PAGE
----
Saturday was the first day of school for secondary aged students in Afghanistan but only boys and male teachers were allowed into the classroom.
“All male teachers and students should attend their educational institutions,” a statement from the education ministry said ahead the reopening of schools.
The Hindustan Times reported on the troubling future for girls and women now that the Taliban is in control and has vowed to run the country according to Sharia law:
The [education ministry’s] statement, issued on Friday, made no mention of women teachers or girl pupils. Secondary schools, with students typically between the ages of 13 and 18, are often segregated by sex in Afghanistan. During the Covid-19 pandemic, they have faced repeated closures and have been shut since the Taliban seized power.
The United Nations said it was “deeply worried” for the future of girls’ schooling in Afghanistan. “It is critical that all girls, including older girls, are able to resume their education without any further delays. For that, we need female teachers to resume teaching,” the UN’s children’s agency UNICEF said.
In a further sign that the Taliban’s approach to women and girls hasn’t softened, they appeared to have shut down the government’s ministry of women’s affairs and replaced it with a department meant for enforcing strict religious doctrine during their first rule.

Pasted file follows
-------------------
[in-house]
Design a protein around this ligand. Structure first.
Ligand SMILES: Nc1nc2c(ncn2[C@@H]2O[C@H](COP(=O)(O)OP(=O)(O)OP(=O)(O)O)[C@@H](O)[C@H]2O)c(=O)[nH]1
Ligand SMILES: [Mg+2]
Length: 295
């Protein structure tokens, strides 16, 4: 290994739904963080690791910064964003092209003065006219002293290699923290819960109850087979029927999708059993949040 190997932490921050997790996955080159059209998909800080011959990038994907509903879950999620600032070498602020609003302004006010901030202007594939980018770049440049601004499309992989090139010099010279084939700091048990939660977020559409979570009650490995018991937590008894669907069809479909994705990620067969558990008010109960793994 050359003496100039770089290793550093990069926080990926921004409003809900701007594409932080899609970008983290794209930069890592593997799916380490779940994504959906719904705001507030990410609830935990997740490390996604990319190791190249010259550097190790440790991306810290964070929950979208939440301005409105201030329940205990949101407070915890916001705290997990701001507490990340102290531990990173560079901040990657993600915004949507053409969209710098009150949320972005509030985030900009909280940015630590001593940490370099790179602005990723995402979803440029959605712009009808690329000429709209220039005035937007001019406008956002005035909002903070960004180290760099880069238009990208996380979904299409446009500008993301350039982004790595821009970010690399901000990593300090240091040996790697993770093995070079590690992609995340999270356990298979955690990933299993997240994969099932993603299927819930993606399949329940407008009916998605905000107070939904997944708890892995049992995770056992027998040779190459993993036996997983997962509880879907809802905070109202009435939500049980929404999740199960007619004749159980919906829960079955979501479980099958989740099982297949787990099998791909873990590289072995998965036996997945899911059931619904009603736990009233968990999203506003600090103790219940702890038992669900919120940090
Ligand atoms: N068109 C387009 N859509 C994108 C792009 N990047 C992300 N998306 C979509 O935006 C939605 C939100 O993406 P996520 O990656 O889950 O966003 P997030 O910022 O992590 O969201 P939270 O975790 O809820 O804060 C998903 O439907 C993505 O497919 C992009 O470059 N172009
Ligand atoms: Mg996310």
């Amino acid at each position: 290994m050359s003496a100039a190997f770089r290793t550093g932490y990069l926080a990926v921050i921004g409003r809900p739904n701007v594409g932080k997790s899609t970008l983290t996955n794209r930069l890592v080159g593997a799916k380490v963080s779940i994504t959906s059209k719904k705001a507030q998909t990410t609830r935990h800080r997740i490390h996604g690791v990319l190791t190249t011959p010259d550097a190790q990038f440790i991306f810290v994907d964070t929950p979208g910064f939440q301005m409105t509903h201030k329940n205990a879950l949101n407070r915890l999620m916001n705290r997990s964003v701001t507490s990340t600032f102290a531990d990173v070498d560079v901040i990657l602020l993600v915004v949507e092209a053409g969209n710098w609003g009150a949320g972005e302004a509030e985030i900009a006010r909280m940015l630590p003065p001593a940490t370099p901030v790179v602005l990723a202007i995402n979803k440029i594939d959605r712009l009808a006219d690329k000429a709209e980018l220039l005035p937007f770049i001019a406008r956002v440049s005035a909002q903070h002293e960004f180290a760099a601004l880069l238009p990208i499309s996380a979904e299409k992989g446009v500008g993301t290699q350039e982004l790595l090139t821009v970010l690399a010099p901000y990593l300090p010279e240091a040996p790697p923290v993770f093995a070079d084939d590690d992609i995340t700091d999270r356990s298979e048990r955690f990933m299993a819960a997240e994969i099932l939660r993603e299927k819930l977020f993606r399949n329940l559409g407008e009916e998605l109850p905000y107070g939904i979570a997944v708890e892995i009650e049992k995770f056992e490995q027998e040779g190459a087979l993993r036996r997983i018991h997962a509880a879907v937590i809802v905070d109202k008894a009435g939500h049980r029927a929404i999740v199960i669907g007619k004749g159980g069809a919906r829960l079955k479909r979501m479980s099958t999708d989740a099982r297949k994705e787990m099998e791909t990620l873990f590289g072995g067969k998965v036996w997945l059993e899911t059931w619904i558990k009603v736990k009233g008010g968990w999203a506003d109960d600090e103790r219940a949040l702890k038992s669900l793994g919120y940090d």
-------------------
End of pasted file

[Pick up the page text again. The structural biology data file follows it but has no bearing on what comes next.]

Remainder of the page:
— Hindustan Times (@htTweets) September 19, 2021
The Times reported that primary schools have already reopened and both boys and girls were “mostly attending separate classes and some women teachers [are] returning to work. The country’s new regime has also permitted women to go to private universities.
Bloomberg reported on the plight of women in Afghanistan that dates back to 1979 when Russia invaded the county and installed a Marxist puppet regime:
The status of women began to erode when the state descended into civil war between the communist troops and their opponents, including Islamist fighters called mujahedeen. After the Soviets retreated in 1989, the Taliban, which formed in the early 1990s as a movement among pious youth, eventually gained the upper hand.
They marched through the country promising peace and modern government, but the reality was different under their rule from 1996 to 2001, especially for women. They were banned from school, work, speaking in public and even from leaving their homes unless escorted by a male, and they were forced to cover themselves in the burqa, a one-piece garment that covers the entire head and body.
Penalties for violations included public lashings and death by stoning. The suicide rate among women rose. Their access to health care dropped because of the restrictions on their movements and a requirement to use women-only hospitals and wards. Women were excluded from political life, including all kinds of governance.
Afghanistan fell back into the hands of the Taliban just days after the U.S. military withdrew from the country las month, under orders from President Joe Biden.
The military withdrew before all American citizens and Afghan allies had been removed and the fate of what could be hundreds of people, including women and children, remains uncertain.
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